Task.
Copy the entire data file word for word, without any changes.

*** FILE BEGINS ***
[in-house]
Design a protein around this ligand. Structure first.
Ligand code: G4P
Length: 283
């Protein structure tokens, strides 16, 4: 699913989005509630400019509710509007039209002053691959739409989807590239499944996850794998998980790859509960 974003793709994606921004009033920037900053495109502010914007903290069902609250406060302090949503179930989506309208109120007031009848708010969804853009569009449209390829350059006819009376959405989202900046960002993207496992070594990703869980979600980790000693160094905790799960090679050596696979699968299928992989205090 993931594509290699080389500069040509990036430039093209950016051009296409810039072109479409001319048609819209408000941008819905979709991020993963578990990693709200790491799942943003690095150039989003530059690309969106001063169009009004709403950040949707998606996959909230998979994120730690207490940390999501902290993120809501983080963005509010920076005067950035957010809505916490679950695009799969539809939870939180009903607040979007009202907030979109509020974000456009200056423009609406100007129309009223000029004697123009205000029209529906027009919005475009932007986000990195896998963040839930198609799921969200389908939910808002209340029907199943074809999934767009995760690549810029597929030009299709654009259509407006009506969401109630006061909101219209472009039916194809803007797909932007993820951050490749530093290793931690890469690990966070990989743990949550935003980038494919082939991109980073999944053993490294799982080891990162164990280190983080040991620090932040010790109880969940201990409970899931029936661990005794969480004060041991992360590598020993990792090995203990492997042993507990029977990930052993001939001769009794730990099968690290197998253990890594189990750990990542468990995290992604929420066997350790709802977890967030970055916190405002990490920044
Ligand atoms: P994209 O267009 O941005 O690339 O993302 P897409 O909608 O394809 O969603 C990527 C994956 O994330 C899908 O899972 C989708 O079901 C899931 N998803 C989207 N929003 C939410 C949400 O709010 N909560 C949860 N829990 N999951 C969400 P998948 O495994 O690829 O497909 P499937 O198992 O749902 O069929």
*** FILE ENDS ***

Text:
[in-house]
Design a protein around this ligand. Structure first.
Ligand code: G4P
Length: 283
């Protein structure tokens, strides 16, 4: 699913989005509630400019509710509007039209002053691959739409989807590239499944996850794998998980790859509960 974003793709994606921004009033920037900053495109502010914007903290069902609250406060302090949503179930989506309208109120007031009848708010969804853009569009449209390829350059006819009376959405989202900046960002993207496992070594990703869980979600980790000693160094905790799960090679050596696979699968299928992989205090 993931594509290699080389500069040509990036430039093209950016051009296409810039072109479409001319048609819209408000941008819905979709991020993963578990990693709200790491799942943003690095150039989003530059690309969106001063169009009004709403950040949707998606996959909230998979994120730690207490940390999501902290993120809501983080963005509010920076005067950035957010809505916490679950695009799969539809939870939180009903607040979007009202907030979109509020974000456009200056423009609406100007129309009223000029004697123009205000029209529906027009919005475009932007986000990195896998963040839930198609799921969200389908939910808002209340029907199943074809999934767009995760690549810029597929030009299709654009259509407006009506969401109630006061909101219209472009039916194809803007797909932007993820951050490749530093290793931690890469690990966070990989743990949550935003980038494919082939991109980073999944053993490294799982080891990162164990280190983080040991620090932040010790109880969940201990409970899931029936661990005794969480004060041991992360590598020993990792090995203990492997042993507990029977990930052993001939001769009794730990099968690290197998253990890594189990750990990542468990995290992604929420066997350790709802977890967030970055916190405002990490920044
Ligand atoms: P994209 O267009 O941005 O690339 O993302 P897409 O909608 O394809 O969603 C990527 C994956 O994330 C899908 O899972 C989708 O079901 C899931 N998803 C989207 N929003 C939410 C949400 O709010 N909560 C949860 N829990 N999951 C969400 P998948 O495994 O690829 O497909 P499937 O198992 O749902 O069929």